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SIMPKINS v. U.S.

United States District Court, District of Columbia


March 31, 2003

MARILYN SIMPKINS, PLAINTIFF,
v.
UNITED STATES OF AMERICA AND WASHINGTON METRO AREA TRANSIT AUTHORITY, DEFENDANTS.

The opinion of the court was delivered by: Reggie B. Walton, United States District Judge

MEMORANDUM OPINION

The plaintiff's complaint arises from injuries she sustained in the District of Columbia upon alighting from a bus, owned and operated by the Washington Metropolitan Area Transit Authority ("WMATA"),when her foot came into contact with an unpaved section of the sidewalk on parkland property owned by the United States, otherwise known as Union Station Plaza. Federal Defendants' Statement of Material Facts Not in Genuine Dispute ("Fed. St. of Facts") at ¶ 3; Plaintiff's Statement of Facts Not in Dispute ("Pl.'s St. of Facts") at ¶ 2. This matter is currently before the Court on the Federal Defendants' Motion to Dismiss or in the Alternative for Summary Judgment ("Fed. Mot."). The federal government asserts that it is not a proper defendant because WMATA is responsible for maintaining the sidewalk at the bus stop pursuant to a Cooperative Agreement that was entered into by the federal government and WMATA. This Cooperative Agreement provides that WMATA is "fully responsible for the management, maintenance, protection, use and safety of all transit facilities located over, under or on parkland." Fed. Mot., Exhibit ("Ex.") G (Cooperative Agreement Between the Secretary of the Interior by and through the National Park Service and the Washington Metropolitan Area Transit Authority ("Cooperative Agreement"), ¶ 16. According to the federal defendant, paragraph 16 of the Cooperative Agreement covers the sidewalk in front of the bus stop, and thus WMATA was solely responsible for the plaintiff's injuries. For the reasons set forth below, the Court will deny the federal defendant's motion because the federal defendant had a duty of care to the public to ensure that the sidewalk was safe.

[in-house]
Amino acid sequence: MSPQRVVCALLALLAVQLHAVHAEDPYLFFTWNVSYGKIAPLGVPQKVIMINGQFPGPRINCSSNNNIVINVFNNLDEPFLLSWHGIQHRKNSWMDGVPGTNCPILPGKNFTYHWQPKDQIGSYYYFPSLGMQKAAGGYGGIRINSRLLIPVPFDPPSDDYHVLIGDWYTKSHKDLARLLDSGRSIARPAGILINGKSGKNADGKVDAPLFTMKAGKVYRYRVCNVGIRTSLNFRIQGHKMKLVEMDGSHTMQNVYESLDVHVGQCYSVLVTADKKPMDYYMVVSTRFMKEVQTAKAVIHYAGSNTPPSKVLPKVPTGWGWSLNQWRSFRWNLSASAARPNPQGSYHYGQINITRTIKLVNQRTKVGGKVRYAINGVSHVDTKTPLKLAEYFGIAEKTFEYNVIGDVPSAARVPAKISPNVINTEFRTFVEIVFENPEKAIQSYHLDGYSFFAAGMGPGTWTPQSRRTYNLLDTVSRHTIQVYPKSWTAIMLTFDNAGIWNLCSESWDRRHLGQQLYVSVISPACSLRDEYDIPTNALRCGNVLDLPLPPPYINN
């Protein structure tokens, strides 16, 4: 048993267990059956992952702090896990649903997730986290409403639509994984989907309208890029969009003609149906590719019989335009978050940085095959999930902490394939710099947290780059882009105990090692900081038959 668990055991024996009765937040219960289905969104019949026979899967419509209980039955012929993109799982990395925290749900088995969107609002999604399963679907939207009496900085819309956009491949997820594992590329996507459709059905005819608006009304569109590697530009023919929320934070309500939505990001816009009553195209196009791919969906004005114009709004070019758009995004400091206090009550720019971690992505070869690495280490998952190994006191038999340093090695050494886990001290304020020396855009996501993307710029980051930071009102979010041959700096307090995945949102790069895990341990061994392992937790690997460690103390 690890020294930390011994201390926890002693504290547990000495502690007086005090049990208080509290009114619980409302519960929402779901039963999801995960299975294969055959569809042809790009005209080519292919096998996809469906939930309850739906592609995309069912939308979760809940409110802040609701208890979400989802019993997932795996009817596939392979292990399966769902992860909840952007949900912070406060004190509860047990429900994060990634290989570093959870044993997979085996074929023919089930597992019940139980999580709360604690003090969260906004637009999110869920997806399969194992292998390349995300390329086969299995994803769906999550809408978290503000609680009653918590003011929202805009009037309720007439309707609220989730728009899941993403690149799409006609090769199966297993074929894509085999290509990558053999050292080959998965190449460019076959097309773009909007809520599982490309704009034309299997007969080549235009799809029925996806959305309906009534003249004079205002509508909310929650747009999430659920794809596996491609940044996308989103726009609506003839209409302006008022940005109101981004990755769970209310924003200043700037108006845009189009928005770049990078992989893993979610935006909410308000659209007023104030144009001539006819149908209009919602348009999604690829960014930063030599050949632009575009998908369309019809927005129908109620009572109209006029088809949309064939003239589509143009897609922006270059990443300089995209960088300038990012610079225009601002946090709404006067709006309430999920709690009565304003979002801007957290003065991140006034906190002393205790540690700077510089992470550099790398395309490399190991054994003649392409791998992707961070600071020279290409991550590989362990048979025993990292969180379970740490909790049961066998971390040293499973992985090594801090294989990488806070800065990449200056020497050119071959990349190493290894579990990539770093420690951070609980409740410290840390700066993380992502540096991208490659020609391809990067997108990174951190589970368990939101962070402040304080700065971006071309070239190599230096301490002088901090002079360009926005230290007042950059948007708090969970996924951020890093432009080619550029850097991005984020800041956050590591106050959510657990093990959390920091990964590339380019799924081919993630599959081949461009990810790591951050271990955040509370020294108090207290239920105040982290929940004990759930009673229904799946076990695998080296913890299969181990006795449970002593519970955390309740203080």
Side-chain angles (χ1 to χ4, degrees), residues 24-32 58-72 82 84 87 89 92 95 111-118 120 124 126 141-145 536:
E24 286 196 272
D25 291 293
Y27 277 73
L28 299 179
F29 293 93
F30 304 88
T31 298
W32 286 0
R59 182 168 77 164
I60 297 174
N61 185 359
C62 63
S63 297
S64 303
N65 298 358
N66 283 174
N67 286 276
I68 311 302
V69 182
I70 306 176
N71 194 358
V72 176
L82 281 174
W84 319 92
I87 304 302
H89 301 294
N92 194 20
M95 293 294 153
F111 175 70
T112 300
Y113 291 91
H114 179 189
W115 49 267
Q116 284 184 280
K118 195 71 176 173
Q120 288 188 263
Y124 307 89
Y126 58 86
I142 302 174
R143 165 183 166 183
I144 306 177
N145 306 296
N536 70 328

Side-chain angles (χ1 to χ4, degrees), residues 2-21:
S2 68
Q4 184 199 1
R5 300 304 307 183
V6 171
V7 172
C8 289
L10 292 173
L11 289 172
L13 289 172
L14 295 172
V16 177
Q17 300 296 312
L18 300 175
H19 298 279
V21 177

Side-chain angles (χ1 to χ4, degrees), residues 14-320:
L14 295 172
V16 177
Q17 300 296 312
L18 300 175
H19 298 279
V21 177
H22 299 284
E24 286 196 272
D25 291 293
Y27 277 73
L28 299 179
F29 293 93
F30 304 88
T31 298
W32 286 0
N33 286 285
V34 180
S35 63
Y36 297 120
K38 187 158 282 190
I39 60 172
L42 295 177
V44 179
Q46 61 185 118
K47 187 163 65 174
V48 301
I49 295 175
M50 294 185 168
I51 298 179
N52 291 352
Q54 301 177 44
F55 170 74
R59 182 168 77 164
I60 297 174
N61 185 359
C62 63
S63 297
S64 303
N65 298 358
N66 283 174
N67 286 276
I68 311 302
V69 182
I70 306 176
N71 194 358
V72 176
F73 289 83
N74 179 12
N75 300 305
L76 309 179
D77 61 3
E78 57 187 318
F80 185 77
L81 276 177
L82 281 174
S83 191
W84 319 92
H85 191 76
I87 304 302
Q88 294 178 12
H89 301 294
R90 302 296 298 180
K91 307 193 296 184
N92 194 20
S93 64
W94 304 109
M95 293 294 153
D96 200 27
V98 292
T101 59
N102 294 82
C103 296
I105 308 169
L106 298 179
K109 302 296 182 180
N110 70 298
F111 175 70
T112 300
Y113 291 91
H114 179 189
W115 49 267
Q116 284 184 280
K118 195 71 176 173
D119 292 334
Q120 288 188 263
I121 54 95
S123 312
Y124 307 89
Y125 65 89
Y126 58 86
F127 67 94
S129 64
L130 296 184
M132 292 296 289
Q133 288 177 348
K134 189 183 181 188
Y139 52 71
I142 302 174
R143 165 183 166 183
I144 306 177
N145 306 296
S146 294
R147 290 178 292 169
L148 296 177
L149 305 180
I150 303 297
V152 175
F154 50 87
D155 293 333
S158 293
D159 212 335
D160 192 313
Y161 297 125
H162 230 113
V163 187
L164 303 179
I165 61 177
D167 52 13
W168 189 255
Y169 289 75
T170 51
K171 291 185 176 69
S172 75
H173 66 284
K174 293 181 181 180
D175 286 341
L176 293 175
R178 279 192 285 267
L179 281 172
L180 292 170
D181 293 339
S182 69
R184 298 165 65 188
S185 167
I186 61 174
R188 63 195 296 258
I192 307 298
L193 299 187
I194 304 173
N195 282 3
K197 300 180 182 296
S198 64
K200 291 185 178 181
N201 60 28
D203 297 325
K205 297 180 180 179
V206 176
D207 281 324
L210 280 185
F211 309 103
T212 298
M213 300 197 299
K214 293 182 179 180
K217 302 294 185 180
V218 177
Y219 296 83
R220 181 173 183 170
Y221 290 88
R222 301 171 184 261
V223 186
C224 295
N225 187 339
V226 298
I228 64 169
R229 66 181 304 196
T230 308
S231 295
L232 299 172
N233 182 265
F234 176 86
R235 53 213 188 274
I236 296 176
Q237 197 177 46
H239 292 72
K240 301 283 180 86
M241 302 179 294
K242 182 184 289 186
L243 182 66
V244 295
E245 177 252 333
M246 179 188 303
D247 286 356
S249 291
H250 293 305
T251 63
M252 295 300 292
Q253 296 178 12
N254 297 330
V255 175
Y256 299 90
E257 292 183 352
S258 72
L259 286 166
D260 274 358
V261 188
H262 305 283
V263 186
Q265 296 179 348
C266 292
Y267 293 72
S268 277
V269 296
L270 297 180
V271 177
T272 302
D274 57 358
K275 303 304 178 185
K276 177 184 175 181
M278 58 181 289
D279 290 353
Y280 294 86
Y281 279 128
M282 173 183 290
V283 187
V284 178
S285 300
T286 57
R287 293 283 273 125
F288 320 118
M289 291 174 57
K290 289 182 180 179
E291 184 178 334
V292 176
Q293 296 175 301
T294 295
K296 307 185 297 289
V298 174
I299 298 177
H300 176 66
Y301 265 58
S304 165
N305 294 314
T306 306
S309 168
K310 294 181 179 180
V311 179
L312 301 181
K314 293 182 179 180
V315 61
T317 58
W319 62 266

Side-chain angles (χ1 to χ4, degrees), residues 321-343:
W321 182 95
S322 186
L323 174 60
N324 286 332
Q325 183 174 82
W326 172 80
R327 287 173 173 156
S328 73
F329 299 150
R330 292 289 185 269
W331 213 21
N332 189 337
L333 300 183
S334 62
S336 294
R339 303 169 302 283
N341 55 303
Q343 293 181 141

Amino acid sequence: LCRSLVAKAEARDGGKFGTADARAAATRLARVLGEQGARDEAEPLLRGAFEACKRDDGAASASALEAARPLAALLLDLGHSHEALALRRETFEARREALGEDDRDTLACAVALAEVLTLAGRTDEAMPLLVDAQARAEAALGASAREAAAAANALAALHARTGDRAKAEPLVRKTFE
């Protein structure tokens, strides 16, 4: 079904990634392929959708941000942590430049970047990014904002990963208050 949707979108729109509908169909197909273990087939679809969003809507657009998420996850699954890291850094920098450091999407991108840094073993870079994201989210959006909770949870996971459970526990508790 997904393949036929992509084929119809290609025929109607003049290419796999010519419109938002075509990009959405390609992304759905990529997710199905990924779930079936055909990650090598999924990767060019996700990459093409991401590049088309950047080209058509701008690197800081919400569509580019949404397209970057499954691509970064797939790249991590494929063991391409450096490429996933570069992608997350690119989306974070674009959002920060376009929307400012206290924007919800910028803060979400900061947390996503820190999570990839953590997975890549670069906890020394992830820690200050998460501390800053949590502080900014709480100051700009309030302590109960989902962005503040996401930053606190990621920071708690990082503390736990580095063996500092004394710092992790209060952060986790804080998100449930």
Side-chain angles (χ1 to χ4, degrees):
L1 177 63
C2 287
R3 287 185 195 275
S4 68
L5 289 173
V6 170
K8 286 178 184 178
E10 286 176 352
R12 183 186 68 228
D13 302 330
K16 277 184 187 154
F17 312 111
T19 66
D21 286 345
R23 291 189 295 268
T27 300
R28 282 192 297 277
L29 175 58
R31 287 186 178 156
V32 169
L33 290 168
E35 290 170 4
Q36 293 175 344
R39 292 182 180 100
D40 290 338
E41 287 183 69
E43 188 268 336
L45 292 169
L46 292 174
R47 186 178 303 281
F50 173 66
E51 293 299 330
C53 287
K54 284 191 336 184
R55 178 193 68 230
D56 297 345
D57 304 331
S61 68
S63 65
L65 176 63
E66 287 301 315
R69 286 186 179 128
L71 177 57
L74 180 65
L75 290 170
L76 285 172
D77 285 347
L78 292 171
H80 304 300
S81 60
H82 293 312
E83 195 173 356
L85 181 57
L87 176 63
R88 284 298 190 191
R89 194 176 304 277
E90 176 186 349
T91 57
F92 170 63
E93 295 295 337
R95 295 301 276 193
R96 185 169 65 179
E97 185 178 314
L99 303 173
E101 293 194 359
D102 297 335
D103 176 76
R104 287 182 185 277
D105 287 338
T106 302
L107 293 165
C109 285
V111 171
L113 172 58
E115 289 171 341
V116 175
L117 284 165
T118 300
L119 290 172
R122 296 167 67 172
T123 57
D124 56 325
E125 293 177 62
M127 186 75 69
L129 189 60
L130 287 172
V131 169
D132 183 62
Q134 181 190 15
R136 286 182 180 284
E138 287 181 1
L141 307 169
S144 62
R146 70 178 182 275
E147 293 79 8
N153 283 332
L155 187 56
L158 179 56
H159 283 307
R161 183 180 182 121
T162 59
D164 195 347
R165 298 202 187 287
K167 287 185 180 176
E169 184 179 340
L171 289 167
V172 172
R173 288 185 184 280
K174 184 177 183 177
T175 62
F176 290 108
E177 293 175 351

I. Factual Background